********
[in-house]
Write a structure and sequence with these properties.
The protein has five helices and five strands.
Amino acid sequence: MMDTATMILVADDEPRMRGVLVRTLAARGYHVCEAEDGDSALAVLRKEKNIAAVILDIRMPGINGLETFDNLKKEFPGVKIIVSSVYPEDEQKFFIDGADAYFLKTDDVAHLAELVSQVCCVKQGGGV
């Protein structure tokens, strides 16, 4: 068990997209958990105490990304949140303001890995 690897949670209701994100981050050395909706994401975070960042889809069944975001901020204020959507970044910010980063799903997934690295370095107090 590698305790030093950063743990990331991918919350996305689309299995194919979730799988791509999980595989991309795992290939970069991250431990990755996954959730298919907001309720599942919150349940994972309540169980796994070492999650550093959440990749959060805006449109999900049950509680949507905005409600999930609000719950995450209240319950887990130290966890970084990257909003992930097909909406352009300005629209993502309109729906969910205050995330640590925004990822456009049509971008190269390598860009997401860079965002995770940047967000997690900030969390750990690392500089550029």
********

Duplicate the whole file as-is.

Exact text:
[in-house]
Write a structure and sequence with these properties.
The protein has five helices and five strands.
Amino acid sequence: MMDTATMILVADDEPRMRGVLVRTLAARGYHVCEAEDGDSALAVLRKEKNIAAVILDIRMPGINGLETFDNLKKEFPGVKIIVSSVYPEDEQKFFIDGADAYFLKTDDVAHLAELVSQVCCVKQGGGV
């Protein structure tokens, strides 16, 4: 068990997209958990105490990304949140303001890995 690897949670209701994100981050050395909706994401975070960042889809069944975001901020204020959507970044910010980063799903997934690295370095107090 590698305790030093950063743990990331991918919350996305689309299995194919979730799988791509999980595989991309795992290939970069991250431990990755996954959730298919907001309720599942919150349940994972309540169980796994070492999650550093959440990749959060805006449109999900049950509680949507905005409600999930609000719950995450209240319950887990130290966890970084990257909003992930097909909406352009300005629209993502309109729906969910205050995330640590925004990822456009049509971008190269390598860009997401860079965002995770940047967000997690900030969390750990690392500089550029």